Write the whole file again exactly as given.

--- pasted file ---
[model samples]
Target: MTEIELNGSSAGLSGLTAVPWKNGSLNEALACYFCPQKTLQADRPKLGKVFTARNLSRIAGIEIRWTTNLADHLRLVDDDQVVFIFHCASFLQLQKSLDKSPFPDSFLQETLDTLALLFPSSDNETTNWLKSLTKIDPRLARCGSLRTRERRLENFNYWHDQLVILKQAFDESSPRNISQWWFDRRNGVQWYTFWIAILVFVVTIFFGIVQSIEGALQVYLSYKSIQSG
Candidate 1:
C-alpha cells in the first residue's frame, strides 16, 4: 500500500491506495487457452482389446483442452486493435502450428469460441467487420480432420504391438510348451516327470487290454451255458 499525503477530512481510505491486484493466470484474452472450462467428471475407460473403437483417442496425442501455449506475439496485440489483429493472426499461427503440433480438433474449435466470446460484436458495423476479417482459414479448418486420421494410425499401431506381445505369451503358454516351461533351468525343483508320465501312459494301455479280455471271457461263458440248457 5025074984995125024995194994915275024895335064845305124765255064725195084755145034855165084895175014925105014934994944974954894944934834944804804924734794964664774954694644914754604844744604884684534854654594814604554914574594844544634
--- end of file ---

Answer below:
[model samples]
Target: MTEIELNGSSAGLSGLTAVPWKNGSLNEALACYFCPQKTLQADRPKLGKVFTARNLSRIAGIEIRWTTNLADHLRLVDDDQVVFIFHCASFLQLQKSLDKSPFPDSFLQETLDTLALLFPSSDNETTNWLKSLTKIDPRLARCGSLRTRERRLENFNYWHDQLVILKQAFDESSPRNISQWWFDRRNGVQWYTFWIAILVFVVTIFFGIVQSIEGALQVYLSYKSIQSG
Candidate 1:
C-alpha cells in the first residue's frame, strides 16, 4: 500500500491506495487457452482389446483442452486493435502450428469460441467487420480432420504391438510348451516327470487290454451255458 499525503477530512481510505491486484493466470484474452472450462467428471475407460473403437483417442496425442501455449506475439496485440489483429493472426499461427503440433480438433474449435466470446460484436458495423476479417482459414479448418486420421494410425499401431506381445505369451503358454516351461533351468525343483508320465501312459494301455479280455471271457461263458440248457 5025074984995125024995194994915275024895335064845305124765255064725195084755145034855165084895175014925105014934994944974954894944934834944804804924734794964664774954694644914754604844744604884684534854654594814604554914574594844544634